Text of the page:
The book give-aways are funded by the Reading Is Fundamental project (run by the National Literacy Trust) at a cost of Pounds 500. Disaffected boys are targeted by a link-up with the local football club, Bristol City, which has sent its leading goal scorer, Bermudan Shaun Goater, and several other players down to the school to hand out the books and talk about the need for children to keep studying even if they are good at sport.

There are two unusual aspects of the literacy programme: the way substantial time has been taken from across the curriculum, using teachers from a range of subjects to focus on literacy; and the fact that it is being carried out with pupils of all abilities, in small streamed groups, rather than just the 15 or so poorest achievers.

In the lowest group, where one child has a reading age of just over six, special needs co-ordinator Shirley Stevenson uses sustained direct instruction on the structure of language and words, complemented by lighter work using literacy games such as a phonic version of "snap". In the advanced groups - highest reading age 15.3 - internally produced resources containing reading and writing exercises geared to curriculum subjects are used to enrich literacy.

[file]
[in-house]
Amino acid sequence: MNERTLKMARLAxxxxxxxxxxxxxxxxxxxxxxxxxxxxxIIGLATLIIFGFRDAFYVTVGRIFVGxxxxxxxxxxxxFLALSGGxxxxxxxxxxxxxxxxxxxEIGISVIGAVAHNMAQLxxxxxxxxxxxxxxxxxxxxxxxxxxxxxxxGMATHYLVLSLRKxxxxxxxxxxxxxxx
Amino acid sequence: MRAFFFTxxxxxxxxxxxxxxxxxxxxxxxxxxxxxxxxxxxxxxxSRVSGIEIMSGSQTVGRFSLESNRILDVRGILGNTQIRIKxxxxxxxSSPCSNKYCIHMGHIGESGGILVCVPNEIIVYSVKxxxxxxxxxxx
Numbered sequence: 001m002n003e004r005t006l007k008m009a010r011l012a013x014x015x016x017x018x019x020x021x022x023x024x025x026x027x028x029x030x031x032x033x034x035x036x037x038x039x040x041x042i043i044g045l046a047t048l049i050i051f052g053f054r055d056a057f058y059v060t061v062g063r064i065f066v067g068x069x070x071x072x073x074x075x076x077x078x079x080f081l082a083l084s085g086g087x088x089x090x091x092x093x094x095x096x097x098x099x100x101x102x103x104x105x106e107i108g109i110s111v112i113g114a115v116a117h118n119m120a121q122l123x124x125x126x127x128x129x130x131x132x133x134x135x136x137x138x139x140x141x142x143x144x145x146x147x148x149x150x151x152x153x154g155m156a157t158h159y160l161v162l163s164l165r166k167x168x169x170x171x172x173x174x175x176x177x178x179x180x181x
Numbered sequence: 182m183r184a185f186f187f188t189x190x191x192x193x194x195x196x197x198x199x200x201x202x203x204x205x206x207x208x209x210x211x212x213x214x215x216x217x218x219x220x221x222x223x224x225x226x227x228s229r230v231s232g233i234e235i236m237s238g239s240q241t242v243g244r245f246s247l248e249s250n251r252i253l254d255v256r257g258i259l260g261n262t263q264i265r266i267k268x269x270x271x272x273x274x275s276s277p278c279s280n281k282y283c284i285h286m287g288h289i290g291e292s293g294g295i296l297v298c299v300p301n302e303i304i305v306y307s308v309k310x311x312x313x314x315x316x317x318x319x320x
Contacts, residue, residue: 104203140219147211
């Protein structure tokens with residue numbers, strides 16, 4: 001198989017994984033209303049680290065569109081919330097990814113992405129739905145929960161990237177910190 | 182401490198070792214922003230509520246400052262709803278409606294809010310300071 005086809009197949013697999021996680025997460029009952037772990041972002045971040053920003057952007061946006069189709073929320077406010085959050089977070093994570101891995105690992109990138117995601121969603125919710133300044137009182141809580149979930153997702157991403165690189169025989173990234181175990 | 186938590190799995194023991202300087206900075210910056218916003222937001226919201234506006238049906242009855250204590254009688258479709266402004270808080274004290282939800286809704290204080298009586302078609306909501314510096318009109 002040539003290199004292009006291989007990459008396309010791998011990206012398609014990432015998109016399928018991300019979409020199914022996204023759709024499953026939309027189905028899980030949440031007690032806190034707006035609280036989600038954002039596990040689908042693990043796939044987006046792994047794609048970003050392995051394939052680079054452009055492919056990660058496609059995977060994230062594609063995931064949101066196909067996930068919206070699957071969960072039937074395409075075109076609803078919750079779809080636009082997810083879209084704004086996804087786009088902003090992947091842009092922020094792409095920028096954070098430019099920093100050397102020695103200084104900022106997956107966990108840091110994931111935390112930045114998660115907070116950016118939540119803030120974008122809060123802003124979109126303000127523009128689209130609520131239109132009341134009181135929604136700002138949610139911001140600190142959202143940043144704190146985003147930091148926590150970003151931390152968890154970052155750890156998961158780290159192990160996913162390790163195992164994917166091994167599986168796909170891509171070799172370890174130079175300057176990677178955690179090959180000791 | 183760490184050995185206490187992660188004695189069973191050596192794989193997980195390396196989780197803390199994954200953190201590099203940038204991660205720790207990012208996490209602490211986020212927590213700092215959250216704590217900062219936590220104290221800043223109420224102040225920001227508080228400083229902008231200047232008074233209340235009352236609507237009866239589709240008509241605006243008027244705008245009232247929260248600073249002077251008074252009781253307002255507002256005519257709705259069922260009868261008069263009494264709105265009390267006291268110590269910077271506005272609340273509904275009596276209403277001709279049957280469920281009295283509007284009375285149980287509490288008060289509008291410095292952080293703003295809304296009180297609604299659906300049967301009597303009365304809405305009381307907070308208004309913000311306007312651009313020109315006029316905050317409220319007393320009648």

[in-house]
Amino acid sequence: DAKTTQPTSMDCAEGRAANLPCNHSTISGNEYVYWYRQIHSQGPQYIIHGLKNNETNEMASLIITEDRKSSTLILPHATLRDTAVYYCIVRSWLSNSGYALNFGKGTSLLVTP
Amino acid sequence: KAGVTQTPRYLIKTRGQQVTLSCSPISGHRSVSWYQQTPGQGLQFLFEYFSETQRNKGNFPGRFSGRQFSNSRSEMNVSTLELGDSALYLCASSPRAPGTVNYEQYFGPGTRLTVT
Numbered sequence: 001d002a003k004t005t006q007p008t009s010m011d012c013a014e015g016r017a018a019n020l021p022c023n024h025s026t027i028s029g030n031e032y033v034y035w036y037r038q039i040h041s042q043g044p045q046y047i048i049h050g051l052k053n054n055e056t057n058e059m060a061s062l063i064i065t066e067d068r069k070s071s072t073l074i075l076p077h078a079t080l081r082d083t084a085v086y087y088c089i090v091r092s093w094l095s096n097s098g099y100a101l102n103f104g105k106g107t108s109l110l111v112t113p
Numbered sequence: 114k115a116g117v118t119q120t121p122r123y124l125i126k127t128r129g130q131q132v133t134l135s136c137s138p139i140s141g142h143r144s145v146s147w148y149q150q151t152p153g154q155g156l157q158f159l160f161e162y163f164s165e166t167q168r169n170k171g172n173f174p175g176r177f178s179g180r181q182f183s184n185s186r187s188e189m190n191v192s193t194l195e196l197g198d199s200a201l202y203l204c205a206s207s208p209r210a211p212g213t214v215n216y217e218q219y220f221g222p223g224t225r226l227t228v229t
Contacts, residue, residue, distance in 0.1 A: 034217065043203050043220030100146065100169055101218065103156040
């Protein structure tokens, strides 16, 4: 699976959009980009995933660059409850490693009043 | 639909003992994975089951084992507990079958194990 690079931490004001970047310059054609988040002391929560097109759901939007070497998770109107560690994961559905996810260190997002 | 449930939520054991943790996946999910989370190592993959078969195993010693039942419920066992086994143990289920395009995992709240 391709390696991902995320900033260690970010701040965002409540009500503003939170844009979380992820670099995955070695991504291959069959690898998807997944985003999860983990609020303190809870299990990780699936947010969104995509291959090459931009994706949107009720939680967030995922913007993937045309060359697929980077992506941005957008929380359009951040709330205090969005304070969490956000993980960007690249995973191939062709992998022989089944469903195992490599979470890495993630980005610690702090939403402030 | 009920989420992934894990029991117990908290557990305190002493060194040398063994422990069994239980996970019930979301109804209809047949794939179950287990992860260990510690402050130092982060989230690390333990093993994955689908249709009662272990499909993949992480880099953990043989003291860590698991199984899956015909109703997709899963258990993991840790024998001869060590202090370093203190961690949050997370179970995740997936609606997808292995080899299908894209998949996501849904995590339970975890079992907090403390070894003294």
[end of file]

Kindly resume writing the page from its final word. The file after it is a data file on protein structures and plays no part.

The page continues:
"There's a strong feeling that if we are committed to comprehensive education, we must want all kids to succeed," Helen Salmon says. "As an English teacher, in the other six schools I have taught in I have never been able to get these issues taken seriously across the curriculum. It's sometimes seen as being the English department's job. But people need to think about the readability of texts whatever their speciality. They have accepted that here."

Ray Priest admits the huge slice of curriculum time devoted to literacy might be an inspection issue, but he is prepared to defend it. "Being able to work and read will give children so much more access to the rest of the national curriculum," he argues. "So I would be prepared to put my head on the block. "